William Gibson, “Count Zero”, 1986
"Autumn Projects Archive"
Curated by Liza Vasiliou
March 6 - March 15, 2014
World Food Books, in conjunction with the Virgin Australia Melbourne Fashion Festival 2014, presented the Autumn Projects archive, consisting of a selection of early examples in Australian fashion with a particular interest in collecting designers and labels from the period beginning in the 1980’s, who significantly influenced the discourse of Australian Fashion.
Curated by Liza Vasiliou, the exhibition provided a unique opportunity to view pieces by designers Anthea Crawford, Barbara Vandenberg, Geoff Liddell and labels CR Australia, Covers, Jag along with early experimental collage pieces by Prue Acton and Sally Browne’s ‘Fragments’ collection, suspended throughout the functioning World Food Books shop in Melbourne.
presented by CENTRE FOR STYLE
November 14, 2013
"Hey Blinky, you say chic, I say same"
H.B. Peace is a clothing collaboration between great friends Blake Barns and Hugh Egan Westland. Their pieces explore the divergences between 'character’ and ‘personality’ in garments....etc
Special Thanks to Joshua Petherick and Matt Hinkley of WFB and Gillian Mears
and a Very Special Thank you to Audrey Thomas Hayes for her shoe collaboration.
Janet Burchill & Jennifer McCamley
May 10 - June 8, 2013
The first of our occasional exhibitions in the World Food Books office/shop space in Melbourne, "Aesthetic Suicide" presented a body of new and older works together by artists Janet Burchill & Jennifer McCamley, including videos, prints, a wall work, and publications.
During shop open hours videos played every hour, on the hour.
Hardcover, 312 pages, 22 x 29 cm
Published by Center for Curatorial Studies Bard College / New York
$67.00 - In stock -
'Invisible Adversaries' was a major exhibition curated by Lauren Cornell and Tom Eccles inspired by the 1976 feature film by the radical Austrian artist Valie Export. The film presents a woman’s struggle to retain her sense of self against hostile alien forces that appear increasingly ubiquitous, colonizing the minds of all those around her. Motifs from the film – among them, architecture’s influence on identity; feminist critique; and the power of political fantasy – operate as filters through which to consider significant pieces from the Marieluise Hessel Collection.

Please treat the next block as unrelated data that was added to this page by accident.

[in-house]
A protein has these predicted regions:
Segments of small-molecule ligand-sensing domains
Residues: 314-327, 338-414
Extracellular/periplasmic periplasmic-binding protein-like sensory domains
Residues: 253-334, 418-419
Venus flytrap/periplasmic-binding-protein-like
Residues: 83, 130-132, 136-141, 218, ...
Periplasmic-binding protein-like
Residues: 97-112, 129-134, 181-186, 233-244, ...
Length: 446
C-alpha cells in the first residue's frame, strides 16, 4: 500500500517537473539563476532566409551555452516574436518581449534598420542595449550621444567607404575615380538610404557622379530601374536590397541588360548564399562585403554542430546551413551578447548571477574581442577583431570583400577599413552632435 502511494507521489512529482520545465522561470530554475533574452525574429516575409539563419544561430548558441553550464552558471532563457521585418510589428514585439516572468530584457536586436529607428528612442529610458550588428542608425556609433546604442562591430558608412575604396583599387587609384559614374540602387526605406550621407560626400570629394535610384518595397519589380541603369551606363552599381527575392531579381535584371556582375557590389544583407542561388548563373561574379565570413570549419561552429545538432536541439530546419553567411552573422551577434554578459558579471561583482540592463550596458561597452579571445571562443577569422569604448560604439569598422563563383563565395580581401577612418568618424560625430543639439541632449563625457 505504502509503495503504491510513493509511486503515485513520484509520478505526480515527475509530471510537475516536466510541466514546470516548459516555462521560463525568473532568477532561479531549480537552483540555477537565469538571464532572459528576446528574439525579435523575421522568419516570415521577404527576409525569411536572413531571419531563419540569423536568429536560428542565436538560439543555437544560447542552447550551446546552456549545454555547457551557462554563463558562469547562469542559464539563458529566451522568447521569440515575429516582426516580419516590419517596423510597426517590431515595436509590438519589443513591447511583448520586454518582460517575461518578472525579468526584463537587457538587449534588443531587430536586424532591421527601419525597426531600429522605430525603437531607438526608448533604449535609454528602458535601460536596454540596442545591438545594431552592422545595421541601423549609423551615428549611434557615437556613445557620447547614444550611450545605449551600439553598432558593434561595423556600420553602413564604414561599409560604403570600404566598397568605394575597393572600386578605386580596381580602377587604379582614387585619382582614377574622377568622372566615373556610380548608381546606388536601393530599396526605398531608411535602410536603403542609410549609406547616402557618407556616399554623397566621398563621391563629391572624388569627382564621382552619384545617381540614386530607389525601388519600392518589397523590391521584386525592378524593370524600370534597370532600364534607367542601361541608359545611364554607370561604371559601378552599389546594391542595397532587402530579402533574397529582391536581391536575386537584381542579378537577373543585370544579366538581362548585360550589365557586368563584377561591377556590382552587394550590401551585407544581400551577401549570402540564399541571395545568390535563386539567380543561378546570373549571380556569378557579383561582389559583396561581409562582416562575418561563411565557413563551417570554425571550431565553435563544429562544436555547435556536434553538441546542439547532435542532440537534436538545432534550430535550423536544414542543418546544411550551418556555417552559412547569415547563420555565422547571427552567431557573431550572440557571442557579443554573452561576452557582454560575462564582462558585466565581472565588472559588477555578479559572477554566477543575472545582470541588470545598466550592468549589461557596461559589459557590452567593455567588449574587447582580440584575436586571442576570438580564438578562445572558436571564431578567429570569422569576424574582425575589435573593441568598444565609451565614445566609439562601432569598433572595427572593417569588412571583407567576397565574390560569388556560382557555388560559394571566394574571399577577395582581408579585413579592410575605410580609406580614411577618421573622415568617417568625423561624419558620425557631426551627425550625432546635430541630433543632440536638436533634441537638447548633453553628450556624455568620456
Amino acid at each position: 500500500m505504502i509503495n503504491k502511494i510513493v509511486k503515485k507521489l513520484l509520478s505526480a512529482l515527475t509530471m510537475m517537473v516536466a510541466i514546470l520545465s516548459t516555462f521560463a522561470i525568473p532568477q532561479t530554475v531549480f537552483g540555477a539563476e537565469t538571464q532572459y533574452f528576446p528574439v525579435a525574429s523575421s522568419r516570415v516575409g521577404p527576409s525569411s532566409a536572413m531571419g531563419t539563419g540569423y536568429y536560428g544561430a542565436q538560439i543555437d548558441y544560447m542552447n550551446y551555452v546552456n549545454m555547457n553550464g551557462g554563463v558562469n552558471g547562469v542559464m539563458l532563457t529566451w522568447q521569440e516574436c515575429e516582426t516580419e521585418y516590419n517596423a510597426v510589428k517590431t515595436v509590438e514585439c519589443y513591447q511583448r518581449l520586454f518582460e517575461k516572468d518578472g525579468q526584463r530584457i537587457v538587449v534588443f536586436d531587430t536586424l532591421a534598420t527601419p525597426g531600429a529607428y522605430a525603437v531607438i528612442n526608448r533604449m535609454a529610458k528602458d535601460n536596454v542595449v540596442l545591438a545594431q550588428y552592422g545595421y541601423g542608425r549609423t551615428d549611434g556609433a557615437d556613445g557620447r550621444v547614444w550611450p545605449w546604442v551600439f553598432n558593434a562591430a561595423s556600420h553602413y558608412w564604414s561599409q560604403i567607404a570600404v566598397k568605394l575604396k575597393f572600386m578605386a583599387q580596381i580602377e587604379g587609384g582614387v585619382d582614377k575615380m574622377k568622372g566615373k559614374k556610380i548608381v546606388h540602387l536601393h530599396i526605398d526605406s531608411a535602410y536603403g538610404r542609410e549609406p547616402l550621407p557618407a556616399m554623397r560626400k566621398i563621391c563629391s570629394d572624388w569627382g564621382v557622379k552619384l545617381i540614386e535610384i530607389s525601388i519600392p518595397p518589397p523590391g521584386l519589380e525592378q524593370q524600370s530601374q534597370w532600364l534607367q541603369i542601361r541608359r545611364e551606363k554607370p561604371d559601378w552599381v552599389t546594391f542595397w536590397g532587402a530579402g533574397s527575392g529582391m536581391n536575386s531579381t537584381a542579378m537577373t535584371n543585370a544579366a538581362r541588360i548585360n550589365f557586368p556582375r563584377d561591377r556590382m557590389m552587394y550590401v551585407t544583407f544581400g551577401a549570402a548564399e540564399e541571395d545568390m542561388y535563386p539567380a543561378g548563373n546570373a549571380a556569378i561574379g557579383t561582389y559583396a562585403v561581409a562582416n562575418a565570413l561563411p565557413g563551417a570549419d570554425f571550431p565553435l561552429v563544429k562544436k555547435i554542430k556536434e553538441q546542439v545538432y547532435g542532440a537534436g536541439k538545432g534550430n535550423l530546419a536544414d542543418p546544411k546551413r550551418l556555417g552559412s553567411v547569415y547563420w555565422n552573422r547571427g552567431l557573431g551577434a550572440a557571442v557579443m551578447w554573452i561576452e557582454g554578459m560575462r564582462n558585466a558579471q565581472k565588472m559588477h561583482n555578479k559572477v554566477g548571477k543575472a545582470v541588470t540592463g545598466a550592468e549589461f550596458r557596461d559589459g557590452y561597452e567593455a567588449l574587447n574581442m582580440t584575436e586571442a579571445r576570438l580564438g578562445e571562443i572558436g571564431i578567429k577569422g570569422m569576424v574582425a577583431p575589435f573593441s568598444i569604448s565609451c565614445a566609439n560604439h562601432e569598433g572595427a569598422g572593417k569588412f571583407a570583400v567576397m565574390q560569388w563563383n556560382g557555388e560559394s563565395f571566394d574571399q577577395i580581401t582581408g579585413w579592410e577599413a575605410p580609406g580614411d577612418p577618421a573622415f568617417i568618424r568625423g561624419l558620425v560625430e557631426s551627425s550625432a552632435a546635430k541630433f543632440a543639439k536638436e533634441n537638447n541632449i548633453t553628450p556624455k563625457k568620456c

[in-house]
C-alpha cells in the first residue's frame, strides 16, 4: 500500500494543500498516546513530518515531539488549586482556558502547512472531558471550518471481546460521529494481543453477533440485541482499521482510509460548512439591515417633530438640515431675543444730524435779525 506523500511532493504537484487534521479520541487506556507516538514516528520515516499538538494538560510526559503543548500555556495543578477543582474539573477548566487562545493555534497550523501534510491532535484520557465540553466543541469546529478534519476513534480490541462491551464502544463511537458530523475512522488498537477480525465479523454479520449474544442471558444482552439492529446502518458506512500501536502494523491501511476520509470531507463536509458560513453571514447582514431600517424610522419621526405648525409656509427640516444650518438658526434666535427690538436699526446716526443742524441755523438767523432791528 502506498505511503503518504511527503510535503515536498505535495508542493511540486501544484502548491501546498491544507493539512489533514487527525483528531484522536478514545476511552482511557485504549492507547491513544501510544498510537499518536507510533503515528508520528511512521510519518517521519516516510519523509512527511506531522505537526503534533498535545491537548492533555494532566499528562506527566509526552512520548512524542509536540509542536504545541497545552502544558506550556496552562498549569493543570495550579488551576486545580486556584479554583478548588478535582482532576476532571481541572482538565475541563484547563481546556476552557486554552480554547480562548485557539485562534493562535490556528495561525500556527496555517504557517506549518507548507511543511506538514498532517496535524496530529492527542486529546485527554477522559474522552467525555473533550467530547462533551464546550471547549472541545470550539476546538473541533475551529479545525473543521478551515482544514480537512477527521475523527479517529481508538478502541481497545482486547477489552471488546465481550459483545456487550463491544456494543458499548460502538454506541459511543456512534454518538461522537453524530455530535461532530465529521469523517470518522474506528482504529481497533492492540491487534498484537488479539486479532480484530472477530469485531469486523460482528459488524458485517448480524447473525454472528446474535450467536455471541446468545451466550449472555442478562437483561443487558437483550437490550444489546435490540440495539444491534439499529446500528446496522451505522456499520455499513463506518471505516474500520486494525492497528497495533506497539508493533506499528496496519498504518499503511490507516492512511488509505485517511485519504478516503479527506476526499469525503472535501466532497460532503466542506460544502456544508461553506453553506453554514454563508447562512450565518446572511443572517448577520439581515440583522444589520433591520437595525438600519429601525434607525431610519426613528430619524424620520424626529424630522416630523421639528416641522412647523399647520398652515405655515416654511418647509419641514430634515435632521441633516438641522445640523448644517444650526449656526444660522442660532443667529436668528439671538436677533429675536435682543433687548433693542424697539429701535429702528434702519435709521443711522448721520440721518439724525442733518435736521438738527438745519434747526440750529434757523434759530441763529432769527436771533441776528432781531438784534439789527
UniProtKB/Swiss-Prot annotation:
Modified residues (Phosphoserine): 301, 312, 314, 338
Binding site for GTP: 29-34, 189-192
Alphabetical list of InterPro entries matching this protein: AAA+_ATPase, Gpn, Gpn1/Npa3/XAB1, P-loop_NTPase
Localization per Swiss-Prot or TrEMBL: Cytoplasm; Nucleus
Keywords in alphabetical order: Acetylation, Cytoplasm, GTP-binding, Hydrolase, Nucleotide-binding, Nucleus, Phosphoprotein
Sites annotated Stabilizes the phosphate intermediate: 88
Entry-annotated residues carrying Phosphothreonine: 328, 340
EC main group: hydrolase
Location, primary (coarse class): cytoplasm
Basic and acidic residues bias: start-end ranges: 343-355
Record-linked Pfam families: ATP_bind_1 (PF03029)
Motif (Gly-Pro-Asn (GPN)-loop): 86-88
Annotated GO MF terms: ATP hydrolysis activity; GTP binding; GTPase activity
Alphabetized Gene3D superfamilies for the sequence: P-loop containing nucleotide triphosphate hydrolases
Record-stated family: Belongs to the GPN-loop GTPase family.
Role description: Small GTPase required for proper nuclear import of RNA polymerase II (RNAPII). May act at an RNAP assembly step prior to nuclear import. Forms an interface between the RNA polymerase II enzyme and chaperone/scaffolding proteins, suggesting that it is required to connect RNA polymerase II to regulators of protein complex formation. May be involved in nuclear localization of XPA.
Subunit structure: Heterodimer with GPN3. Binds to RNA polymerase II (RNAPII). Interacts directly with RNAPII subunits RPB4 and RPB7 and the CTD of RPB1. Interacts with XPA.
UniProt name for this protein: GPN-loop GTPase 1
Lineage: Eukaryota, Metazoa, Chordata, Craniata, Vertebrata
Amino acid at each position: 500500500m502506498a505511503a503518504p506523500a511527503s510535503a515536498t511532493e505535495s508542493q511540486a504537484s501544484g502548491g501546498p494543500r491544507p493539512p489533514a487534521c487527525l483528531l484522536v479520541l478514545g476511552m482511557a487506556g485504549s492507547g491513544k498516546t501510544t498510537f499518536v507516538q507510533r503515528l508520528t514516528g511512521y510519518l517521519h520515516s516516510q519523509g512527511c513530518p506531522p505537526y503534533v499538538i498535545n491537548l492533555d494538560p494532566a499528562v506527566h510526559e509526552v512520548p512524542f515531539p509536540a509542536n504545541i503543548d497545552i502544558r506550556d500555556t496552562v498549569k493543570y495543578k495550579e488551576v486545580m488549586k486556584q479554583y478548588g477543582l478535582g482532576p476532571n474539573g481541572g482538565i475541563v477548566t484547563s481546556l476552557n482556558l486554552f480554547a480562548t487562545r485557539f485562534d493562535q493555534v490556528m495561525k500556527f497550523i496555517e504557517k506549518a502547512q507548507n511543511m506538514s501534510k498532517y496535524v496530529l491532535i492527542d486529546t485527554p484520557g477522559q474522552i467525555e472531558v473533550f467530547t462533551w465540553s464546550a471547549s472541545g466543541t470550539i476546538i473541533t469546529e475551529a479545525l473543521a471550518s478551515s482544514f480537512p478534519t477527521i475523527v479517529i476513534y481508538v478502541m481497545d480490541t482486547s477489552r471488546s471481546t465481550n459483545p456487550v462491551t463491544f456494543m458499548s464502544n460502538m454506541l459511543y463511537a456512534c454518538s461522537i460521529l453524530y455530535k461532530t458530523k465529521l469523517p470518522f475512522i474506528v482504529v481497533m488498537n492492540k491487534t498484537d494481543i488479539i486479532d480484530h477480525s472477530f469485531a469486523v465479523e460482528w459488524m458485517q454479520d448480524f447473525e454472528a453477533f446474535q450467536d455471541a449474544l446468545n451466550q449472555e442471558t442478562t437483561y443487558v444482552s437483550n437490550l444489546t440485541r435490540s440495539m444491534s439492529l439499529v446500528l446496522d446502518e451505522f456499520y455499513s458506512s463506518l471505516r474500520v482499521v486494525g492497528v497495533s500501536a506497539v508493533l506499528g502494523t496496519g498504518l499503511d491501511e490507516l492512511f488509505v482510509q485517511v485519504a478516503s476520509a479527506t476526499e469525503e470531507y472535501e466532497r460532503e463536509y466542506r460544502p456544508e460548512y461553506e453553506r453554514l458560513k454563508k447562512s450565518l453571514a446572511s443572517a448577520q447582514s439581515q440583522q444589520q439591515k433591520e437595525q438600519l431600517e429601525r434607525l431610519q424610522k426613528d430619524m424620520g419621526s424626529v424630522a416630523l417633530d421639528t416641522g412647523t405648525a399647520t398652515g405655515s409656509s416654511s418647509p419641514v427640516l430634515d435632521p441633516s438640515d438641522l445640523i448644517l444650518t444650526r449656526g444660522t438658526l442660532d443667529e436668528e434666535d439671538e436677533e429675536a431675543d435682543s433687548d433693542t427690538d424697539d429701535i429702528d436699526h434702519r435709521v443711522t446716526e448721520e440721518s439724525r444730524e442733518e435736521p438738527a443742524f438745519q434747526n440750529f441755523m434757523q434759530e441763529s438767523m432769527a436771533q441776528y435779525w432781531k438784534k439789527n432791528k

With works by over 50 artists including Eija-Liisa Ahtila, Chantal Akerman, Kai Althoff, Janine Antoni, Ida Applebroog, Phyllida Barlow, Lynda Benglis, Barbara Bloom, Paul Chan, Patty Chang, Anne Collier, Rineke Dijkstra, Trisha Donnelly, VALIE EXPORT, Hans-Peter Feldmann, Isa Genzken, Liam Gillick, K8 Hardy, Rachel Harrison, Mona Hatoum, Roni Horn, Emily Jacir, Annette Kelm, Leigh Ledare, Nikki S. Lee, Sarah Lucas, Tala Madani, Christian Marclay, Helen Marten, Ulrike Müller, Bruce Nauman, Tony Oursler, Philippe Parreno, William Pope.L, Seth Price, Magali Reus, Rachel Rose, Thomas Ruff, Ilene Segalove, Cindy Sherman, Stephen Shore, Diane Simpson, Lorna Simpson, Jo Spence, Hito Steyerl, Tunga, Gillian Wearing, Martha Wilson, and Krzysztof Wodiczko, amongst others.
This 300-page publication designed by Zak Group with original essays by nine influential writers, scholars and artists: Zach Blas, Johanna Fateman, Nav Haq, Vít Havránek, J. Hoberman, Alex Kitnick, Tavia Nyong’O, Lauren O’Neill-Butler, and Julian Rose. The catalogue also includes original interviews with VALIE EXPORT, Trevor Paglen, and Hito Steyerl.
$39.00 - In stock -
Luca Lo Pinto, Nicolaus Schafhausen, Anne-Claire Schmitz (Eds.)
With contributions by Saâdane Afif, Jacques André, Marie Angeletti, Thomas Bayrle, Barbara Bloom, Herbert Brandl, Andrea Büttner, Hans-Peter Feldmann, Camille Henrot, Michaela Maria Langenstein, Pierre Leguillon, Hanne Lippard, Maurizio Nannucci, G. T. Pellizzi, Max Renkel, Michael Riedel, Hubert Scheibl, Yann Sérandour, John Stezaker, Johannes Wohnseifer; with images by Marie Angeletti
Photographs, books, and knickknacks: artists collect a variety of objects. While artists generate personal collections, which often address different formal, aesthetic, or conceptual concerns, it is difficult to separate this activity from their artistic practices. Over time, whether intended or not, such accumulations of items may become works of art.
Individual Stories considers the collection as a portrait of its collector and also as an artistic method—as a process rather than an end result. The act of collecting is multifarious—it can be an expression of curiosity, a desire to transform things that have been discovered, or a systematic approach to certain objects in the world. This catalogue is a compilation of individual collections that could not be more different.
Copublished with Kunsthalle Wien to document the exhibition “Individual Stories: Collecting as Portrait and Methodology,” Kunsthalle Wien, June 26–October 11, 2015.
Softcover (spiral-bound w. flexidisc), 208 pages, 20 x 31 cm
Published by Walker Art Centre / Minneapolis
$85.00 - Sold